Strengthening Attachment to Allow Teens Choice and Responsibility without Dangerous Behavior
Adolescence marks an exciting time full of growth and change in a child’s life, but even with their growing desire for independence, they still need support and guidance from their parents. We know that the adolescent brain continues developing well into the mid-20’s, with the parts of the brain that help with things like risk assessment, impulse control, and decision-making being the last to develop (Casey et al., 2008). On the other hand, the emotional, sensory, and reward-seeking parts develop first (Casey et al., 2008), making it natural for teens to have a strong urge to seek out new and exciting experiences without always thinking through the consequences (Konrad et al., 2013).
As a result of this brain development, some parenting strategies that work for younger children no longer work for teens (Yeager et al., 2018). Even though parents may not want to let go, attempting to manipulate or control their teens will push them away and undermine their need for closeness and autonomy (Scharf & Goldner, 2018). Luckily, teens who have secure emotional attachments with their parents are less likely to engage in risk-taking behaviors and have better social skills and coping strategies (Moretti & Peled, 2004). No matter your teen’s age, it’s not too late to implement some strategies for improving your parenting skills and relationships. Start to strengthen attachment with your teens today with the following tips:
- Set firm limits and rules: Being emotionally close with your teen does not mean you can’t have rules and boundaries. In fact, children will feel safer in a relationship when they know there are high expectations, as well as love and trust (Gottman & DeClaire, 1997). Don’t be afraid to let them know what types of behaviors you do not approve of, but help them feel that they can feel safe asking for help if they mess up.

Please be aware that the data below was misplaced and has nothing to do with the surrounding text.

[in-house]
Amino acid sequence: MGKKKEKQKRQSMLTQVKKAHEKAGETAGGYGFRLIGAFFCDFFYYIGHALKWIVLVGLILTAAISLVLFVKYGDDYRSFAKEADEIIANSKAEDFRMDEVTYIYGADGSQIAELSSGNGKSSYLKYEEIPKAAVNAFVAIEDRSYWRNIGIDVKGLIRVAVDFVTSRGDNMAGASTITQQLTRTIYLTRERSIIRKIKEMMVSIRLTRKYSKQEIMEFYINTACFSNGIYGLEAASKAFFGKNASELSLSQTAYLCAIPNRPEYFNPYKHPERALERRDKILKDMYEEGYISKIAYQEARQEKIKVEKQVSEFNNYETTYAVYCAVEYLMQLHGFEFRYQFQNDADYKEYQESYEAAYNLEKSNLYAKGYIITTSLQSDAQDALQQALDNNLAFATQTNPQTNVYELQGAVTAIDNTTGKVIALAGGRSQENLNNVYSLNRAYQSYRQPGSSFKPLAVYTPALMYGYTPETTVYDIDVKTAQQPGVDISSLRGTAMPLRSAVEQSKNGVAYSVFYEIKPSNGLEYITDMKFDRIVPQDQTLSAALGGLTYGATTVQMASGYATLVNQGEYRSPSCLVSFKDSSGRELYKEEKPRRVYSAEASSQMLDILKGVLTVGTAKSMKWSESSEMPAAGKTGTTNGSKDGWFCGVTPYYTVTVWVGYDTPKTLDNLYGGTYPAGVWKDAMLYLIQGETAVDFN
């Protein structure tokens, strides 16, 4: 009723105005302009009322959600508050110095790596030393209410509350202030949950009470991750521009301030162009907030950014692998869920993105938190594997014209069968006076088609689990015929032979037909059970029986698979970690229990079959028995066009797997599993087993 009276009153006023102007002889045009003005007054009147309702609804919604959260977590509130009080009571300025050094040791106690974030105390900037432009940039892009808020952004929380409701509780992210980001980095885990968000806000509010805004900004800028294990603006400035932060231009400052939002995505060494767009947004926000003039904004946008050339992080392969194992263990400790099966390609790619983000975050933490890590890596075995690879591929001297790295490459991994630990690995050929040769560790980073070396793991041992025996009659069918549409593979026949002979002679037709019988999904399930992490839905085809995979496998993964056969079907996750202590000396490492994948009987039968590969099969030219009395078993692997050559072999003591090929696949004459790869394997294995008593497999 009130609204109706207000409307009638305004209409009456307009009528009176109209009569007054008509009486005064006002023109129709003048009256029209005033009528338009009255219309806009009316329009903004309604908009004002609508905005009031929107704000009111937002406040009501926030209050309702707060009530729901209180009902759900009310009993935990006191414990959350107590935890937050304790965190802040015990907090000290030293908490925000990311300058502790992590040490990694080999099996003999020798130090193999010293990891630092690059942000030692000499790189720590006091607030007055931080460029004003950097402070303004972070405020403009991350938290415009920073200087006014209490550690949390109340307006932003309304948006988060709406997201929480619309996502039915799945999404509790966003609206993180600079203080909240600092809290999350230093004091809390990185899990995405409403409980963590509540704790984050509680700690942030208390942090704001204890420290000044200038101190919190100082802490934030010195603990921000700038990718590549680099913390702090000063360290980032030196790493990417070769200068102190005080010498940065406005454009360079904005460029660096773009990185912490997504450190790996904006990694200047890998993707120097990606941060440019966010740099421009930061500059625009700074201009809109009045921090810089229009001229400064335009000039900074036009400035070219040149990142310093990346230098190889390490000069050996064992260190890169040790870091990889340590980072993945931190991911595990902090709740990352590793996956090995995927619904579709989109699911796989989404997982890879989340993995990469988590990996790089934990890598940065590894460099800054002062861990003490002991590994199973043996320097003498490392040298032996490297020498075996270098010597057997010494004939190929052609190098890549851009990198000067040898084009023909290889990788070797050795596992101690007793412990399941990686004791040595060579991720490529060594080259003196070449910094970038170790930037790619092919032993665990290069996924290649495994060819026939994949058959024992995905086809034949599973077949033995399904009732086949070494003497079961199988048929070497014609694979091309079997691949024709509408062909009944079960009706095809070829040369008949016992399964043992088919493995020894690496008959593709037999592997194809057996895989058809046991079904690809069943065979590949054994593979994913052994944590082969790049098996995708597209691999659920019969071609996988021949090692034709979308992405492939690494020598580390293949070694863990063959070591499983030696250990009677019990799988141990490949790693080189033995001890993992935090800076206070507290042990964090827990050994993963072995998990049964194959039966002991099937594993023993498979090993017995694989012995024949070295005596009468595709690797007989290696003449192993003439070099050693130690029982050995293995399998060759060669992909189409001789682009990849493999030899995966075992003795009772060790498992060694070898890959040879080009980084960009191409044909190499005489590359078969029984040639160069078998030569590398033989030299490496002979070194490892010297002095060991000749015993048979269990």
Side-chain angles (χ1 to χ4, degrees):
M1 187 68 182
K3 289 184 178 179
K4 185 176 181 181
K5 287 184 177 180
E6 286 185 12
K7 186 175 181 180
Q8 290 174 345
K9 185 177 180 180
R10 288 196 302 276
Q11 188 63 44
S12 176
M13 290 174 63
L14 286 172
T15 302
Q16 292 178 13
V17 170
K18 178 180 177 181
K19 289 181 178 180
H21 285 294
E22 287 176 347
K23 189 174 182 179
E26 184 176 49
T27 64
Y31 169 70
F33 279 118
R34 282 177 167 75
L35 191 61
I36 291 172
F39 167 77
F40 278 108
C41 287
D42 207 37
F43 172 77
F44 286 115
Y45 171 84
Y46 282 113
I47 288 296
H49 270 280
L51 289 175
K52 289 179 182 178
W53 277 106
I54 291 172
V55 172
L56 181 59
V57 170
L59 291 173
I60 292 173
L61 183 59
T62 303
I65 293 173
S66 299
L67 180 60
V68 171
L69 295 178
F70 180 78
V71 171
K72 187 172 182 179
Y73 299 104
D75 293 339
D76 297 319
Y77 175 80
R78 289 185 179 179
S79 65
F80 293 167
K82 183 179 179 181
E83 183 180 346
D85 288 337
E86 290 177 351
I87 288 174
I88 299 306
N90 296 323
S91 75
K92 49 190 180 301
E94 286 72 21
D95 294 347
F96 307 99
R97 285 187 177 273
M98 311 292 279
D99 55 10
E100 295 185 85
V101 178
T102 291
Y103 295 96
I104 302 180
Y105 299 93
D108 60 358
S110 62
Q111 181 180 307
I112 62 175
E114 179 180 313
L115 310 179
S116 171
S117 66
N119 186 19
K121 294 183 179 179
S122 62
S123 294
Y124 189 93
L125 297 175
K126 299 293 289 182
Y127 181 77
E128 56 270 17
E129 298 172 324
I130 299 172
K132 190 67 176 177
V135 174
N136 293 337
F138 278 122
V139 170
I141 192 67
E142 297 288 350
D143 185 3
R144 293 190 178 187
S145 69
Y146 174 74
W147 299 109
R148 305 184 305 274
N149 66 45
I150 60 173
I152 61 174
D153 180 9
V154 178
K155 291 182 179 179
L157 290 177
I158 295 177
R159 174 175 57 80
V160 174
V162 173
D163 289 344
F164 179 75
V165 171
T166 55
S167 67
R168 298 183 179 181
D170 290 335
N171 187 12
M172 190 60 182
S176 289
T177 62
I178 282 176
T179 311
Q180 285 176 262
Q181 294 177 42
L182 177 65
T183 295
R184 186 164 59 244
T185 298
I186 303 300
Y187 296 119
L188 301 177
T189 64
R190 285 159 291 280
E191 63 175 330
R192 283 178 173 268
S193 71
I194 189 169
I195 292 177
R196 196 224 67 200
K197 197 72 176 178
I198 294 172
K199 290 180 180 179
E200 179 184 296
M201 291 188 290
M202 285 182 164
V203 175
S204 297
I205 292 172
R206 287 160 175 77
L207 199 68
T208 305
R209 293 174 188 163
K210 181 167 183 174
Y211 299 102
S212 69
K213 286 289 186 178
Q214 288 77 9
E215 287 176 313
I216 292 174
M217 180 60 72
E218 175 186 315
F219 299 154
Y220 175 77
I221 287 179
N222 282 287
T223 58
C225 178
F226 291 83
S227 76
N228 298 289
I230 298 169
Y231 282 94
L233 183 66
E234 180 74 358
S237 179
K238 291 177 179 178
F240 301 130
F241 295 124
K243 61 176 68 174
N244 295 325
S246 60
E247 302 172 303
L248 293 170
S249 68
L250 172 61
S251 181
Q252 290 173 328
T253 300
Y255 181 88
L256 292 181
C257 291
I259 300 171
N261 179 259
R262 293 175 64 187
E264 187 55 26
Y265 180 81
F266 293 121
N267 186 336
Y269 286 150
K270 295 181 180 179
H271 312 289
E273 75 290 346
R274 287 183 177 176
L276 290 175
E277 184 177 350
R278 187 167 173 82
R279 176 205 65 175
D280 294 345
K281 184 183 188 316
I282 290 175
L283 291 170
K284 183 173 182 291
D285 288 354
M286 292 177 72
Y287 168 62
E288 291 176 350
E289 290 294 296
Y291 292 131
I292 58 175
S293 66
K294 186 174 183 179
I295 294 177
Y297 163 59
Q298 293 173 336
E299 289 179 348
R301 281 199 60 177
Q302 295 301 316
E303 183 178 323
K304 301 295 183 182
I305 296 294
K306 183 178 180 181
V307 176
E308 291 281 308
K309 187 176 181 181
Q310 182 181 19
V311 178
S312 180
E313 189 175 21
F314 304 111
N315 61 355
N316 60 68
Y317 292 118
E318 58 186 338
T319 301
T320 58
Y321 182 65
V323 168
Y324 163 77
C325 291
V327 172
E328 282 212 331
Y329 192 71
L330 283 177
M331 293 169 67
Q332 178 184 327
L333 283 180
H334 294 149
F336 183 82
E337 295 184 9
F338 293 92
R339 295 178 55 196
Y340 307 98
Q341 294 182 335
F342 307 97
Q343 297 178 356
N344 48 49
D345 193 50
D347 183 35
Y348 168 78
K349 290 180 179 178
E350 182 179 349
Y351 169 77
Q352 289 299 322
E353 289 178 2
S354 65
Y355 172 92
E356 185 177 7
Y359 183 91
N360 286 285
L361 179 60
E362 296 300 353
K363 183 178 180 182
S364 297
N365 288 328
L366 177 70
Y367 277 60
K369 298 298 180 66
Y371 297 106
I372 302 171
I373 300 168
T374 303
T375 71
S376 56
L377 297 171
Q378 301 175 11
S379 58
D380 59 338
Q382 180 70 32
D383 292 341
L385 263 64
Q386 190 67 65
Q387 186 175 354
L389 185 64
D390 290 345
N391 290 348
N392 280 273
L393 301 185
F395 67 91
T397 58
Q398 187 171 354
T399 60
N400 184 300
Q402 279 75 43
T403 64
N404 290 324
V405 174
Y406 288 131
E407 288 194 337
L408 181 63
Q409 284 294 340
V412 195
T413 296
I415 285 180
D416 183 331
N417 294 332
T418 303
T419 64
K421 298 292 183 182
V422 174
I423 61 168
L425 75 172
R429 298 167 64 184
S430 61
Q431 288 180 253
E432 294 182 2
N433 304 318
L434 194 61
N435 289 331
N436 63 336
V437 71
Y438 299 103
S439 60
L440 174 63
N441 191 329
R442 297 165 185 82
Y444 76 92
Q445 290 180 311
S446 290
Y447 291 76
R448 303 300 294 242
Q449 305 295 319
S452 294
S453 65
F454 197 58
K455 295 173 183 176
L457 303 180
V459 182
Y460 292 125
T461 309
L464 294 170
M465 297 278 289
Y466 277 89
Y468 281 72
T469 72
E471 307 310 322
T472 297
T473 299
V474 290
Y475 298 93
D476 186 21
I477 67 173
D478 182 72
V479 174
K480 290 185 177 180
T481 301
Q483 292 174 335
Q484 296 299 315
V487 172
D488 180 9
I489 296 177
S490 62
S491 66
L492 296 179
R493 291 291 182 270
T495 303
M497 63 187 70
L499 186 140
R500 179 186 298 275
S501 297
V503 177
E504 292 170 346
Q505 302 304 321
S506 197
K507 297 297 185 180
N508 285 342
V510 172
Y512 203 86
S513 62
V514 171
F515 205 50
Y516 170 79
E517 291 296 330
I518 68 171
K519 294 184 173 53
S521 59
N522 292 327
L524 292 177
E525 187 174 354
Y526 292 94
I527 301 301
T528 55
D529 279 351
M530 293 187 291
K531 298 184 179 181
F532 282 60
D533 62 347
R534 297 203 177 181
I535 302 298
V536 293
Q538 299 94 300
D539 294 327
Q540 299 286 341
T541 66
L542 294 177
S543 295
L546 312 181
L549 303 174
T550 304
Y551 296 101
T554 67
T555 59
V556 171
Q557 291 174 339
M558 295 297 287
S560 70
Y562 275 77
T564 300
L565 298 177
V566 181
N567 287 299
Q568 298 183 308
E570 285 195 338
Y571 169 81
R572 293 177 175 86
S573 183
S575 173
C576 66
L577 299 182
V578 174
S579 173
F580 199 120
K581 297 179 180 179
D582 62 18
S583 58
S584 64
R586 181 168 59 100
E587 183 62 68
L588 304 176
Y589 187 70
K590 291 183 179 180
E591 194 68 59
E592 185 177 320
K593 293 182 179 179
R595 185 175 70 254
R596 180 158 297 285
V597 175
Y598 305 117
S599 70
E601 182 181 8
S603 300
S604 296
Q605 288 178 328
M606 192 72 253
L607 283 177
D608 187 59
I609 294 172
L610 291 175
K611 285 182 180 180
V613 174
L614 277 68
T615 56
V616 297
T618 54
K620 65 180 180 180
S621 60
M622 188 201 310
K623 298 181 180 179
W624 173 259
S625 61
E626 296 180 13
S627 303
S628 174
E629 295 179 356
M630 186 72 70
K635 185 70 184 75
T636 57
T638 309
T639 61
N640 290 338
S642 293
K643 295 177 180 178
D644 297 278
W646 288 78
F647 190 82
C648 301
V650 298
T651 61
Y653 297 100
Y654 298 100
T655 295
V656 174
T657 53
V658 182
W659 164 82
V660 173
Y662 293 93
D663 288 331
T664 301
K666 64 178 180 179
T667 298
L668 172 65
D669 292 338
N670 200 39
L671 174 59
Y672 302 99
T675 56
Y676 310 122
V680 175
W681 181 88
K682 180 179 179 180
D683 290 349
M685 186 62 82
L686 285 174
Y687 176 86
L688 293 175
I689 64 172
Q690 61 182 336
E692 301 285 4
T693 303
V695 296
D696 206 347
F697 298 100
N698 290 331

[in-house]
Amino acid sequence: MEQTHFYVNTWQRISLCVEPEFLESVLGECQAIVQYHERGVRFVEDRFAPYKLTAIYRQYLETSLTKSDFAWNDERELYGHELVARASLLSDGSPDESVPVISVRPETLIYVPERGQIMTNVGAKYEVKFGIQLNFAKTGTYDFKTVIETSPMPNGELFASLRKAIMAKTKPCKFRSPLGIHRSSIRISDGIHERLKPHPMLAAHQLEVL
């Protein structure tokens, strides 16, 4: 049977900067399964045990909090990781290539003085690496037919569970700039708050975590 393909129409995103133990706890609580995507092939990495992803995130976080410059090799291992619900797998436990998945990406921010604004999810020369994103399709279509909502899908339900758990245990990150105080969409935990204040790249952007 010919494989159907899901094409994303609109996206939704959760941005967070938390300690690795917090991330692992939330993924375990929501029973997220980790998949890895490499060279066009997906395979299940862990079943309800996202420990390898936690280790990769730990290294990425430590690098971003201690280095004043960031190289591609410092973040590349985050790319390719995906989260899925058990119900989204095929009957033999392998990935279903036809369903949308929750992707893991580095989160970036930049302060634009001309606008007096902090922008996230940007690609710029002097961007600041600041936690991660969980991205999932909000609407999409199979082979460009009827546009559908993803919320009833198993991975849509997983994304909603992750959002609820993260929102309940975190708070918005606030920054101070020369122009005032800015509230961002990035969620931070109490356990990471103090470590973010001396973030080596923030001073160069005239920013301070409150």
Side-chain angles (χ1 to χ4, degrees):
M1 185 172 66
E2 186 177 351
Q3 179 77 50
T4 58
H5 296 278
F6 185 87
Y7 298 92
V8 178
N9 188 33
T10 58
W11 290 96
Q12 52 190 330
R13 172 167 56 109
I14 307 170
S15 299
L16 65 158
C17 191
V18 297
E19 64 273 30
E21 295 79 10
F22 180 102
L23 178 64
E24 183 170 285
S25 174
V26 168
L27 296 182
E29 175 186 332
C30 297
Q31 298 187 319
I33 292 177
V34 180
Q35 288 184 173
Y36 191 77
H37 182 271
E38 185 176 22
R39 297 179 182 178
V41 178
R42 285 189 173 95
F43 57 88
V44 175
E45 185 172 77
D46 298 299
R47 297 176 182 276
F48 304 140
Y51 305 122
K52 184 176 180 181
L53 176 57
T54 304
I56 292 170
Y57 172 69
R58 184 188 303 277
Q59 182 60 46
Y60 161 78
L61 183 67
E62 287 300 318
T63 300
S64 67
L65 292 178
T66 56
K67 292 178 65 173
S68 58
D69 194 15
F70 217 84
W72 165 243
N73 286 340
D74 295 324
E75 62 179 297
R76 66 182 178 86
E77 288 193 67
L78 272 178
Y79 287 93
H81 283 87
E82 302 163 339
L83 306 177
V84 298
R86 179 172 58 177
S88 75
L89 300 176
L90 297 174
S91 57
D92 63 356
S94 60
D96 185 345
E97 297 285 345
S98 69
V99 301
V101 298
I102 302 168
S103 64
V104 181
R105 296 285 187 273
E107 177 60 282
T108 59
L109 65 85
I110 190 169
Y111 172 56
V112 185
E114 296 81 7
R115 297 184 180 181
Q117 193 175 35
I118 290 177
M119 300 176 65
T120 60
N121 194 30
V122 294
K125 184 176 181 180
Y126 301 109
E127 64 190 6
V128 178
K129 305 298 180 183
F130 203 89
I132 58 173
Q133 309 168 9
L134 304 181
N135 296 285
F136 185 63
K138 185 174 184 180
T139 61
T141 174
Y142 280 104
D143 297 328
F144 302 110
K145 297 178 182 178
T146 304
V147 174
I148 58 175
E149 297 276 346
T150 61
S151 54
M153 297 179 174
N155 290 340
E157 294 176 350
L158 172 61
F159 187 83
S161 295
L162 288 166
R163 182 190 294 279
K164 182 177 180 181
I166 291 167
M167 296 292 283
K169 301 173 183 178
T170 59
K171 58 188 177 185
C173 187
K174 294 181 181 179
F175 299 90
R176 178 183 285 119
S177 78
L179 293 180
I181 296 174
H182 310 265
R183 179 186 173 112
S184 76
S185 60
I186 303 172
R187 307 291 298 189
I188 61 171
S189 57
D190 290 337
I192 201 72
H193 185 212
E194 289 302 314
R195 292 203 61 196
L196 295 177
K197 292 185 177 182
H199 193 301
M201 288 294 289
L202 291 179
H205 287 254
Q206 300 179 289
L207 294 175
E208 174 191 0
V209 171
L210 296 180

- Show your teen the same respect you expect: When teens sense a threat to their growing autonomy through adults’ attempts to control them, they tend to shut down and refuse to cooperate (Divecha, 2017). Make sure to talk openly with your teens, listen to their perspective, and respect their opinions and budding personality.
- Support them in safe exploration: You can support your teens in activities that give them the thrilling experiences they seek with activities like rock climbing, mountain biking, amusement park rides, or other pro-social activities that utilize their talents while pushing them a little outside their comfort zone. Safe exploration can benefit youth by increasing their confidence and helping them develop independence (Kelley et al., 2006).
- Don’t take their choices personally: When your teen opts to make choices that you wouldn’t make yourself, it can cause a lot of emotions, ranging from hurt to frustration to outright anger. However, being able to regulate your own emotions will not only preserve your relationship with your teen, but also set a good example for them on the importance of coping with emotions (Hajal & Paley, 2020).